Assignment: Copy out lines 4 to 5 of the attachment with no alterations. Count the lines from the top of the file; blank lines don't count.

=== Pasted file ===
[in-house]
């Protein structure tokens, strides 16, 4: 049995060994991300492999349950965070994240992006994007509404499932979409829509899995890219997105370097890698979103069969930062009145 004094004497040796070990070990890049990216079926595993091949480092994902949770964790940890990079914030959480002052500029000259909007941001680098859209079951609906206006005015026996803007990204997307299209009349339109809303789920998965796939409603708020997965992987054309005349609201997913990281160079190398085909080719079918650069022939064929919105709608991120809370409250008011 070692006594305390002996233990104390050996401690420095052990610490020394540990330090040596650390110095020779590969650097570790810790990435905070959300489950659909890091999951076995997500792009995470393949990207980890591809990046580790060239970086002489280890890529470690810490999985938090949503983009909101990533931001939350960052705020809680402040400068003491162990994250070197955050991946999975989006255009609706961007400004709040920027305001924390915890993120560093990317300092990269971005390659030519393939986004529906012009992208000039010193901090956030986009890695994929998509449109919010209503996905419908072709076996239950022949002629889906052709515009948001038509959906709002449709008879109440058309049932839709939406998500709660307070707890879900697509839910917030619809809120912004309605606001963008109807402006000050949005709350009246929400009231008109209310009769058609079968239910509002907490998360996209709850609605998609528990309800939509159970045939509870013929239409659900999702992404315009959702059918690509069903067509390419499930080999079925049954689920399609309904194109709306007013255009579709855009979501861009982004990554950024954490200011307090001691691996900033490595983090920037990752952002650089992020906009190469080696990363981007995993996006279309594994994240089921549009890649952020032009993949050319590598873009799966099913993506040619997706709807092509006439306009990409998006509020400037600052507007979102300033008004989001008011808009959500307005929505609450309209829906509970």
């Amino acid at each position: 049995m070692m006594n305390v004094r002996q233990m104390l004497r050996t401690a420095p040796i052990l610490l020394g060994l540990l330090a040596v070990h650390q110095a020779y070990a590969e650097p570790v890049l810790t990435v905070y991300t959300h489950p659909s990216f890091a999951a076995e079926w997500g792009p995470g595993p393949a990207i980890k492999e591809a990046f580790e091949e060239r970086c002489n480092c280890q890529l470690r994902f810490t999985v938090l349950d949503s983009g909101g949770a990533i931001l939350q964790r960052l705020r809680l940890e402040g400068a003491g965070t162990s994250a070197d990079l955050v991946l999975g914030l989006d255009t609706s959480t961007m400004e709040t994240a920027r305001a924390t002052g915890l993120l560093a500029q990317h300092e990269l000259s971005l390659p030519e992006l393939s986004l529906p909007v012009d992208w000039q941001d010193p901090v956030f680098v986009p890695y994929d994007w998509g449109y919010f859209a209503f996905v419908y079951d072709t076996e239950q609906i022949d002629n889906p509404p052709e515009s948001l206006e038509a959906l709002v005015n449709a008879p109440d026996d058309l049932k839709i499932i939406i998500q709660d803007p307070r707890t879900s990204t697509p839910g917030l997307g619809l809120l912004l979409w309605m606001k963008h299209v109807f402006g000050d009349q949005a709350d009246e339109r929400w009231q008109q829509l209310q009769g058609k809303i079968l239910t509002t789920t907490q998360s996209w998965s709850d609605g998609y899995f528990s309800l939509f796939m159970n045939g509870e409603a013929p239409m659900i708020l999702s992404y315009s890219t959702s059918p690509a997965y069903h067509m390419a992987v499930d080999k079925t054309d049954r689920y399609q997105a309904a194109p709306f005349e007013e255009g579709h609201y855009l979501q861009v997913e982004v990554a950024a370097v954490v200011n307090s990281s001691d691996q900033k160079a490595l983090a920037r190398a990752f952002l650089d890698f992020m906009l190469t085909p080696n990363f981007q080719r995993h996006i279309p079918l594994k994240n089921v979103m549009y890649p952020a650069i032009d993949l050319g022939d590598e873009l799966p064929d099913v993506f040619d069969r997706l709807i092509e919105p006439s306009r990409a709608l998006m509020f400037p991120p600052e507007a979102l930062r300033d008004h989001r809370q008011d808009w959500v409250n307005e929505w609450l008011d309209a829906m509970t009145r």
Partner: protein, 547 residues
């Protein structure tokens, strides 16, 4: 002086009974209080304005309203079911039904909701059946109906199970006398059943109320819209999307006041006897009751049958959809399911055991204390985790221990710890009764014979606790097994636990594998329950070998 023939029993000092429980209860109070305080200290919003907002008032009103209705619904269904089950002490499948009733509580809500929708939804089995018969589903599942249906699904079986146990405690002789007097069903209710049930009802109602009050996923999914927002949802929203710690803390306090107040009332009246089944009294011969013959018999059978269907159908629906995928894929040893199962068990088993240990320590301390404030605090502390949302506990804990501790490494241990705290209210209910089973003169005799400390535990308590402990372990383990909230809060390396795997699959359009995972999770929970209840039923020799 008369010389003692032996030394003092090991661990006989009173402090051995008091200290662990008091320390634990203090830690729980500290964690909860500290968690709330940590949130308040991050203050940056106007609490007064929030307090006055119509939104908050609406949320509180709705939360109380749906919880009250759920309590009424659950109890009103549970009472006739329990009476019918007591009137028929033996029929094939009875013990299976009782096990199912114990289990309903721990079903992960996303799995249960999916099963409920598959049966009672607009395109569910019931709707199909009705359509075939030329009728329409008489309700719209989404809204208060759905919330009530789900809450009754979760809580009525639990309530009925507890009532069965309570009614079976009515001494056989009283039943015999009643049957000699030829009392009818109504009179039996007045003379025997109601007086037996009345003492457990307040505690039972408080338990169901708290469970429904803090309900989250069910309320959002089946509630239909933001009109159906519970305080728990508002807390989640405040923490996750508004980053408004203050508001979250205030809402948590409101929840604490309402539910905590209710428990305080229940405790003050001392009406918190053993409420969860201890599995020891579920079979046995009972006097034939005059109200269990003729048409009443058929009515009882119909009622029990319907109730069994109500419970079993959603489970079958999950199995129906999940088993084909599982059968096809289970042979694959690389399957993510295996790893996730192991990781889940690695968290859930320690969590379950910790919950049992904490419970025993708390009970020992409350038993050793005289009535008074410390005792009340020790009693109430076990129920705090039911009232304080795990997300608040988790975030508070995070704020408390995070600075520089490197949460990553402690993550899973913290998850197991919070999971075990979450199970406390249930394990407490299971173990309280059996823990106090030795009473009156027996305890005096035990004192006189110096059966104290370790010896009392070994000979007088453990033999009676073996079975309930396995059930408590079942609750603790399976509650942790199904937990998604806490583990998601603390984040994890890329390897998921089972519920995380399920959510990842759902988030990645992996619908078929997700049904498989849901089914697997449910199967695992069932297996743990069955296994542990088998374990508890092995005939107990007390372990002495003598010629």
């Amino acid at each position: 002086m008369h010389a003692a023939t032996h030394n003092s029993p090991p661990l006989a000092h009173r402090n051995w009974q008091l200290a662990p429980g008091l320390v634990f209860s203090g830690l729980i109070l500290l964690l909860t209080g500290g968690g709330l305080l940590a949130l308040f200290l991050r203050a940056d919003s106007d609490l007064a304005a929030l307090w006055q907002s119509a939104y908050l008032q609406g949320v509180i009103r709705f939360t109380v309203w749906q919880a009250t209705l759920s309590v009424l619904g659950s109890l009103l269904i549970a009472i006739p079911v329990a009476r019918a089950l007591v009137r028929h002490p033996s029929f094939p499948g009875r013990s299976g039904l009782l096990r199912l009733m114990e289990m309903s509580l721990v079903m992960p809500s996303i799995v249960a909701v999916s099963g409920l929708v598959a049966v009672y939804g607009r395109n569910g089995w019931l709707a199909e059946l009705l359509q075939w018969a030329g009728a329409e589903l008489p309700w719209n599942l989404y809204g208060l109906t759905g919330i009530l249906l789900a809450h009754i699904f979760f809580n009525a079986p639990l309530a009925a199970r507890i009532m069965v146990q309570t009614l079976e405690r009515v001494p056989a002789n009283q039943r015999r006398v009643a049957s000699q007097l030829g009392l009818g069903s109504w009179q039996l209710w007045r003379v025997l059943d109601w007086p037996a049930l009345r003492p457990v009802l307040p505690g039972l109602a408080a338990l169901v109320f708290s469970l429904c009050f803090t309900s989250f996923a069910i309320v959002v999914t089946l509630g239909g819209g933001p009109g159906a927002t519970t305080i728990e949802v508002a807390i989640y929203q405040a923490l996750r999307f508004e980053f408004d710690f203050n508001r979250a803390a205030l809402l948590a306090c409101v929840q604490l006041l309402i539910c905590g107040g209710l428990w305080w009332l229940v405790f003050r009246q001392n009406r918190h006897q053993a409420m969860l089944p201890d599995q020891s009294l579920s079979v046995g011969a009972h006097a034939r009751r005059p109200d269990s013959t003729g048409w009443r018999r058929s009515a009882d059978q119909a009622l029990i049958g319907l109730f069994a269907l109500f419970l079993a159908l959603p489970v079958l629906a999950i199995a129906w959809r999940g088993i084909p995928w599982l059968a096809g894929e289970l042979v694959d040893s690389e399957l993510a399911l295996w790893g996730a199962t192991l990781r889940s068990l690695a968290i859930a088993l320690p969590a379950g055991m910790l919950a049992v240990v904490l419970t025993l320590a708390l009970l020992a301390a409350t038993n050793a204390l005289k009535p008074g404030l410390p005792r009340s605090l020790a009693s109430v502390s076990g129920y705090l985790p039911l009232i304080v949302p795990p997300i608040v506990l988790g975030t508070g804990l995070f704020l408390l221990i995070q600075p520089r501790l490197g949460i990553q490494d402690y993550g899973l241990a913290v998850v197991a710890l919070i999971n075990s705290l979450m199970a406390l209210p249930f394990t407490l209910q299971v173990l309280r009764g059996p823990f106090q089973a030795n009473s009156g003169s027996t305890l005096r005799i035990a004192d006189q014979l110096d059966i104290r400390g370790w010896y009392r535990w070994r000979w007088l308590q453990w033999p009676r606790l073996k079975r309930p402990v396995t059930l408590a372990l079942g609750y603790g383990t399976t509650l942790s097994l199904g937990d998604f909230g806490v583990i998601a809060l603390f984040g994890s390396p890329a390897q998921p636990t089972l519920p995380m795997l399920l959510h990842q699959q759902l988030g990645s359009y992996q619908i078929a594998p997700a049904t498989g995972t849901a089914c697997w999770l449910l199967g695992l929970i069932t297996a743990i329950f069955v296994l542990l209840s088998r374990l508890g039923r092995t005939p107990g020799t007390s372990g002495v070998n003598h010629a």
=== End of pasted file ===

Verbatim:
Partner: protein, 547 residues
């Protein structure tokens, strides 16, 4: 002086009974209080304005309203079911039904909701059946109906199970006398059943109320819209999307006041006897009751049958959809399911055991204390985790221990710890009764014979606790097994636990594998329950070998 023939029993000092429980209860109070305080200290919003907002008032009103209705619904269904089950002490499948009733509580809500929708939804089995018969589903599942249906699904079986146990405690002789007097069903209710049930009802109602009050996923999914927002949802929203710690803390306090107040009332009246089944009294011969013959018999059978269907159908629906995928894929040893199962068990088993240990320590301390404030605090502390949302506990804990501790490494241990705290209210209910089973003169005799400390535990308590402990372990383990909230809060390396795997699959359009995972999770929970209840039923020799 008369010389003692032996030394003092090991661990006989009173402090051995008091200290662990008091320390634990203090830690729980500290964690909860500290968690709330940590949130308040991050203050940056106007609490007064929030307090006055119509939104908050609406949320509180709705939360109380749906919880009250759920309590009424659950109890009103549970009472006739329990009476019918007591009137028929033996029929094939009875013990299976009782096990199912114990289990309903721990079903992960996303799995249960999916099963409920598959049966009672607009395109569910019931709707199909009705359509075939030329009728329409008489309700719209989404809204208060759905919330009530789900809450009754979760809580009525639990309530009925507890009532069965309570009614079976009515001494056989009283039943015999009643049957000699030829009392009818109504009179039996007045003379025997109601007086037996009345003492457990307040505690039972408080338990169901708290469970429904803090309900989250069910309320959002089946509630239909933001009109159906519970305080728990508002807390989640405040923490996750508004980053408004203050508001979250205030809402948590409101929840604490309402539910905590209710428990305080229940405790003050001392009406918190053993409420969860201890599995020891579920079979046995009972006097034939005059109200269990003729048409009443058929009515009882119909009622029990319907109730069994109500419970079993959603489970079958999950199995129906999940088993084909599982059968096809289970042979694959690389399957993510295996790893996730192991990781889940690695968290859930320690969590379950910790919950049992904490419970025993708390009970020992409350038993050793005289009535008074410390005792009340020790009693109430076990129920705090039911009232304080795990997300608040988790975030508070995070704020408390995070600075520089490197949460990553402690993550899973913290998850197991919070999971075990979450199970406390249930394990407490299971173990309280059996823990106090030795009473009156027996305890005096035990004192006189110096059966104290370790010896009392070994000979007088453990033999009676073996079975309930396995059930408590079942609750603790399976509650942790199904937990998604806490583990998601603390984040994890890329390897998921089972519920995380399920959510990842759902988030990645992996619908078929997700049904498989849901089914697997449910199967695992069932297996743990069955296994542990088998374990508890092995005939107990007390372990002495003598010629």